/// Online, a Genome Project for the World of Art
Any music fan knows that there are myriad ways to find new songs online: a scroll through digital playlists and streaming radio services like Pandora, which serve as musical recommendation engines. Likewise, Netflix subscribers are regularly showered with suggestions for, say, romantic comedies and horror films, based on previously viewed movies.
But until now, there was no automated guidance for art lovers seeking discoveries online — no “If you like Jackson Pollock’s ‘No. 1,’ you may also enjoy Mark Rothko’s ‘No. 18.’ ”
Enter Art.sy, a start-up whose public version went live on Monday. An extensive free repository of fine-art images and an online art appreciation guide, it is predicated on the idea that audiences comfortable with image-driven Web sites like Tumblr and Pinterest are now primed to spend hours browsing through canvases and sculpture on their monitors and tablets, especially with one-click help.
After two years of private testing and with millions of dollars from investors, including some celebrities in the art and technology worlds, the site aims to do for visual art what Pandora did for music and Netflix for film: become a source of discovery, pleasure and education.
With 275 galleries and 50 museums and institutions as partners, Art.sy has already digitized 20,000 images into its reference system, which it calls the Art Genome Project. But as it extends the platform’s reach, Art.sy also raises questions about how (or if) digital analytics should be applied to visual art. Can algorithms help explain art?
Robert Storr, dean of the Yale University School of Art, has his doubts. “It depends so much on the information, who’s doing the selection, what the criteria are, and what the cultural assumptions behind those criteria are,” Mr. Storr, a former curator of painting and sculpture at the Museum of Modern Art, said. In terms of art comprehension, he added, “I’m sure it will be reductive.”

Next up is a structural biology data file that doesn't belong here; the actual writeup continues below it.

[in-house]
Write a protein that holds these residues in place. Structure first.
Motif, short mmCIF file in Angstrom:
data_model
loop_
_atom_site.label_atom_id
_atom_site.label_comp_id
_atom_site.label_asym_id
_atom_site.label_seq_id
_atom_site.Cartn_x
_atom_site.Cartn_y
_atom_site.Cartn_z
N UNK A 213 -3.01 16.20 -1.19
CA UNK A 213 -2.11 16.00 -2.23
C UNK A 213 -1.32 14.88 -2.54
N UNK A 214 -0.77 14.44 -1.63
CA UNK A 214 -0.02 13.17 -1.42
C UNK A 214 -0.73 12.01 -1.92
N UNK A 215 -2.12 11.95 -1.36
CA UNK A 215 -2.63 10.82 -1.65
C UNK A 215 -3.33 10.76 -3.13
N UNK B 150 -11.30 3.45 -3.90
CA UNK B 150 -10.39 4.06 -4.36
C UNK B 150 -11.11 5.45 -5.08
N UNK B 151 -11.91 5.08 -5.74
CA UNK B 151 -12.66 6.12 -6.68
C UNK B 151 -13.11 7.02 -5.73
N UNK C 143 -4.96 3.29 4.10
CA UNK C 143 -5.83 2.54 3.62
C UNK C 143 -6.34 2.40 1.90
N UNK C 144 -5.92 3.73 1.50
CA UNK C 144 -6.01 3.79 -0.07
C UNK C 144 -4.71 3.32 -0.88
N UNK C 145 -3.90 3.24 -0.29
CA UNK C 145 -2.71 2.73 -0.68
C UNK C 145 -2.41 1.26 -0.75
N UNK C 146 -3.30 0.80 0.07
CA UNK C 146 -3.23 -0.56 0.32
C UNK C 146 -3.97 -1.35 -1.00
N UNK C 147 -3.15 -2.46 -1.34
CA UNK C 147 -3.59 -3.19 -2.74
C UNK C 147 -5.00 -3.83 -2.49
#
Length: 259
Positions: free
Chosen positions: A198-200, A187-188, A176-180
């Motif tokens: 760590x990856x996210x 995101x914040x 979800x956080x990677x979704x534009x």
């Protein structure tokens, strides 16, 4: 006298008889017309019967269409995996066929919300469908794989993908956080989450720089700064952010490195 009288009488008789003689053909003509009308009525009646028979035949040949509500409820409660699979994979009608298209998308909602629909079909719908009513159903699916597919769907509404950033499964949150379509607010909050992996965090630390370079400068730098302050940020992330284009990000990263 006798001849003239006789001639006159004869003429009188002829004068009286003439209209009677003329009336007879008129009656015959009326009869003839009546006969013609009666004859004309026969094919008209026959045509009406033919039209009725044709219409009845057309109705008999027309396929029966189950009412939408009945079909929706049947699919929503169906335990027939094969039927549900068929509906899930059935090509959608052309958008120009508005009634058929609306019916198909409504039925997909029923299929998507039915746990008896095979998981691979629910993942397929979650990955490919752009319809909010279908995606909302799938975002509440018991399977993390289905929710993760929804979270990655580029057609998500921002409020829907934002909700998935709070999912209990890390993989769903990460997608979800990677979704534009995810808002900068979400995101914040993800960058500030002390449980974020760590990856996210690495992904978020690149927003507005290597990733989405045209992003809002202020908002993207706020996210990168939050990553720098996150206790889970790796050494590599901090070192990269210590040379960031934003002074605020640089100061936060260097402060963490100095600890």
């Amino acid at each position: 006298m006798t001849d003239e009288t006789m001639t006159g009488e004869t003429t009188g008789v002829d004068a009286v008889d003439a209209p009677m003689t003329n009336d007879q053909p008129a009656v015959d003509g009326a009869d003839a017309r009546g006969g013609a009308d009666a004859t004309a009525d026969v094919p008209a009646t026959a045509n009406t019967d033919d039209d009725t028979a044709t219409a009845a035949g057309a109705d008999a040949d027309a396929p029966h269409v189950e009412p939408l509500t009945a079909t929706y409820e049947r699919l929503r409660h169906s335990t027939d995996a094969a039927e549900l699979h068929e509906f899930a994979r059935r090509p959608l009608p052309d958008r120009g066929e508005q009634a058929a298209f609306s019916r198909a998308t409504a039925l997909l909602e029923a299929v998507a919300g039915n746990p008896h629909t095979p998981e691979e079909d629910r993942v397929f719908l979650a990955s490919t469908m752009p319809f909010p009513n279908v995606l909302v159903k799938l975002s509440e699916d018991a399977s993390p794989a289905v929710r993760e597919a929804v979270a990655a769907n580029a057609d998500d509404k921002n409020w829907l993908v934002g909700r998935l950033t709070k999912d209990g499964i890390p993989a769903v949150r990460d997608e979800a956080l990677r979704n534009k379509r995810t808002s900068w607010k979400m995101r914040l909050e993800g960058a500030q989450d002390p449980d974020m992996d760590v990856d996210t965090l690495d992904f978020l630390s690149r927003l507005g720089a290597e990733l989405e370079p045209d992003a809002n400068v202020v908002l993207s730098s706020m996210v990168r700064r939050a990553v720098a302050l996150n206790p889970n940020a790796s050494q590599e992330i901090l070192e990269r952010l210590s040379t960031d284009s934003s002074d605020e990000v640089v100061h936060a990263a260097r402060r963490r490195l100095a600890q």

The technology, at least, is expansive. To make suggestions successfully, computers must be taught expert human judgment, a process that starts with labeling: give a machine codes to tell the difference between a Renaissance portrait and a Modernist drip painting, say, and then it can sort through endless works, making comparisons and drawing connections.
For the Art Genome Project, Matthew Israel, 34, who holds a Ph.D. in art and archaeology from the Institute of Fine Arts at New York University, leads a team of a dozen art historians who decide what those codes are and how they should be applied. Some labels (Art.sy calls them “genes” and recognizes about 800 of them, with more added daily) denote fairly objective qualities, like the historical period and region the work comes from and whether it is figurative or abstract, or belongs in an established category like Cubism, Flemish portraiture or photography.
Other labels are highly subjective, even quirky; for contemporary art, for example, Art.sy’s curators might attach terms like “globalization” and “culture critique” to give ideological context. “Contemporary traces of memory” is an elastic theme assigned to pieces by the Chinese Conceptual artist Cai Guo-Qiang and the photographer and filmmaker Matt Saunders.
A Picasso might be tagged with “Cubism,” “abstract painting,” “Spain,” “France” and “love,” all terms that are visible and searchable on the site. Jackson Pollock’s works typically get “abstract art,” “New York School,” “splattered/dripped,” “repetition” and “process-oriented.” Predictably, some of those criteria show up on paintings by Pollock’s contemporaries Robert Motherwell and Willem de Kooning, but also on artists from different eras and styles, like Tara Donovan, whose contemporary abstract sculptures using stacked and layered plastic foam and paper plates have also been marked with “repetition.”